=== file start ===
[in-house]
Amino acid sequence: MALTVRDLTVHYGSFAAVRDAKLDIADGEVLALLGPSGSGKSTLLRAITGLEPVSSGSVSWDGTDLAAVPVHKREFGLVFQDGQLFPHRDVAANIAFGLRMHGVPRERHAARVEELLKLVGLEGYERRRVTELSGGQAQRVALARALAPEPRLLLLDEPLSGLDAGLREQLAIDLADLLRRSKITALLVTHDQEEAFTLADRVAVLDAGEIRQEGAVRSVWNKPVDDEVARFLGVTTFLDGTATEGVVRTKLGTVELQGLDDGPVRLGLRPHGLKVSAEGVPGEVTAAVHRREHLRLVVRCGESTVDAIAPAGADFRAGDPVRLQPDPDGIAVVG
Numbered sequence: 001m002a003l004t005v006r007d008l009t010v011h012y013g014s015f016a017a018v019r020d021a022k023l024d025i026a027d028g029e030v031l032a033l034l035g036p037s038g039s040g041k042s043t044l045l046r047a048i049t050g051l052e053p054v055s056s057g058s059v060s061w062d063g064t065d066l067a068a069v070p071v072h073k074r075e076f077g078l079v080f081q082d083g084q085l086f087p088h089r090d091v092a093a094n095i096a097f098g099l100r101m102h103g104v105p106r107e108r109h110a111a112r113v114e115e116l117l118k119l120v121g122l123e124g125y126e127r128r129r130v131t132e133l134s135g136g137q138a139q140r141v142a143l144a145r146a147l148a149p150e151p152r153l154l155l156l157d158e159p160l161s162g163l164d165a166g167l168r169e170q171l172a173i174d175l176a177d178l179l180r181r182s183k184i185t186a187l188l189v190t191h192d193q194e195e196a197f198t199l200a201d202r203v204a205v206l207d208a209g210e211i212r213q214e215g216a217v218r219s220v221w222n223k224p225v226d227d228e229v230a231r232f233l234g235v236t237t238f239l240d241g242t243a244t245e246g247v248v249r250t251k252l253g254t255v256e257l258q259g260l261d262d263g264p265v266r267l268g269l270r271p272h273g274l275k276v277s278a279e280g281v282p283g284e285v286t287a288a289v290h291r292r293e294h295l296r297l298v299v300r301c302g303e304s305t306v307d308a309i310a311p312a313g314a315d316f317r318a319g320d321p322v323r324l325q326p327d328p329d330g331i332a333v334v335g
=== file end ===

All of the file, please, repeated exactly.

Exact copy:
[in-house]
Amino acid sequence: MALTVRDLTVHYGSFAAVRDAKLDIADGEVLALLGPSGSGKSTLLRAITGLEPVSSGSVSWDGTDLAAVPVHKREFGLVFQDGQLFPHRDVAANIAFGLRMHGVPRERHAARVEELLKLVGLEGYERRRVTELSGGQAQRVALARALAPEPRLLLLDEPLSGLDAGLREQLAIDLADLLRRSKITALLVTHDQEEAFTLADRVAVLDAGEIRQEGAVRSVWNKPVDDEVARFLGVTTFLDGTATEGVVRTKLGTVELQGLDDGPVRLGLRPHGLKVSAEGVPGEVTAAVHRREHLRLVVRCGESTVDAIAPAGADFRAGDPVRLQPDPDGIAVVG
Numbered sequence: 001m002a003l004t005v006r007d008l009t010v011h012y013g014s015f016a017a018v019r020d021a022k023l024d025i026a027d028g029e030v031l032a033l034l035g036p037s038g039s040g041k042s043t044l045l046r047a048i049t050g051l052e053p054v055s056s057g058s059v060s061w062d063g064t065d066l067a068a069v070p071v072h073k074r075e076f077g078l079v080f081q082d083g084q085l086f087p088h089r090d091v092a093a094n095i096a097f098g099l100r101m102h103g104v105p106r107e108r109h110a111a112r113v114e115e116l117l118k119l120v121g122l123e124g125y126e127r128r129r130v131t132e133l134s135g136g137q138a139q140r141v142a143l144a145r146a147l148a149p150e151p152r153l154l155l156l157d158e159p160l161s162g163l164d165a166g167l168r169e170q171l172a173i174d175l176a177d178l179l180r181r182s183k184i185t186a187l188l189v190t191h192d193q194e195e196a197f198t199l200a201d202r203v204a205v206l207d208a209g210e211i212r213q214e215g216a217v218r219s220v221w222n223k224p225v226d227d228e229v230a231r232f233l234g235v236t237t238f239l240d241g242t243a244t245e246g247v248v249r250t251k252l253g254t255v256e257l258q259g260l261d262d263g264p265v266r267l268g269l270r271p272h273g274l275k276v277s278a279e280g281v282p283g284e285v286t287a288a289v290h291r292r293e294h295l296r297l298v299v300r301c302g303e304s305t306v307d308a309i310a311p312a313g314a315d316f317r318a319g320d321p322v323r324l325q326p327d328p329d330g331i332a333v334v335g